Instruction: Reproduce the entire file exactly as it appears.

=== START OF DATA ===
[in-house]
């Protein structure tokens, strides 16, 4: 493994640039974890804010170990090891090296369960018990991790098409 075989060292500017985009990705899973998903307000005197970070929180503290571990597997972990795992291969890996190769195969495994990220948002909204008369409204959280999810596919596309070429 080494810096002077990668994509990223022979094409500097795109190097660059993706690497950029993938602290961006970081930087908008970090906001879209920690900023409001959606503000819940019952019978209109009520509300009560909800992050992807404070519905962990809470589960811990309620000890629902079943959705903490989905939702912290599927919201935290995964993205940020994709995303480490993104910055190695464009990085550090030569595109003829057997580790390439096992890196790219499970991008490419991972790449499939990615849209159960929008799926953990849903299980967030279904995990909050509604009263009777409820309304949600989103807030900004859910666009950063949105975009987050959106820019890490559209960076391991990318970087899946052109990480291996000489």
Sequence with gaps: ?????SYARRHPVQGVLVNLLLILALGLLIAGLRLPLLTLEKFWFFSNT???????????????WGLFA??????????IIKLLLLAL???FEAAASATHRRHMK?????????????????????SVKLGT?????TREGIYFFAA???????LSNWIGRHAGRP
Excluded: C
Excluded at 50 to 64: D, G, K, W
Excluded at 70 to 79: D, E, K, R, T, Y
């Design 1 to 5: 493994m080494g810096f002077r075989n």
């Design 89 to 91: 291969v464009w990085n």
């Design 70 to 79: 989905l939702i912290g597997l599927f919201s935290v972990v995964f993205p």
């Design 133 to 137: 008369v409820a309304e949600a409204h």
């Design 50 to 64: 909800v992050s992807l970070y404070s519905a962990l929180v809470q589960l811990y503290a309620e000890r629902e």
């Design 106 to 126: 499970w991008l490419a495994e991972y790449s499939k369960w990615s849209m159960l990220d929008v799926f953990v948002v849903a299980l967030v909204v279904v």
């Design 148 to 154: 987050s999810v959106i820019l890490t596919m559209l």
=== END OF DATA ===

[in-house]
């Protein structure tokens, strides 16, 4: 493994640039974890804010170990090891090296369960018990991790098409 075989060292500017985009990705899973998903307000005197970070929180503290571990597997972990795992291969890996190769195969495994990220948002909204008369409204959280999810596919596309070429 080494810096002077990668994509990223022979094409500097795109190097660059993706690497950029993938602290961006970081930087908008970090906001879209920690900023409001959606503000819940019952019978209109009520509300009560909800992050992807404070519905962990809470589960811990309620000890629902079943959705903490989905939702912290599927919201935290995964993205940020994709995303480490993104910055190695464009990085550090030569595109003829057997580790390439096992890196790219499970991008490419991972790449499939990615849209159960929008799926953990849903299980967030279904995990909050509604009263009777409820309304949600989103807030900004859910666009950063949105975009987050959106820019890490559209960076391991990318970087899946052109990480291996000489």
Sequence with gaps: ?????SYARRHPVQGVLVNLLLILALGLLIAGLRLPLLTLEKFWFFSNT???????????????WGLFA??????????IIKLLLLAL???FEAAASATHRRHMK?????????????????????SVKLGT?????TREGIYFFAA???????LSNWIGRHAGRP
Excluded: C
Excluded at 50 to 64: D, G, K, W
Excluded at 70 to 79: D, E, K, R, T, Y
């Design 1 to 5: 493994m080494g810096f002077r075989n």
């Design 89 to 91: 291969v464009w990085n």
């Design 70 to 79: 989905l939702i912290g597997l599927f919201s935290v972990v995964f993205p």
């Design 133 to 137: 008369v409820a309304e949600a409204h």
């Design 50 to 64: 909800v992050s992807l970070y404070s519905a962990l929180v809470q589960l811990y503290a309620e000890r629902e």
């Design 106 to 126: 499970w991008l490419a495994e991972y790449s499939k369960w990615s849209m159960l990220d929008v799926f953990v948002v849903a299980l967030v909204v279904v």
């Design 148 to 154: 987050s999810v959106i820019l890490t596919m559209l």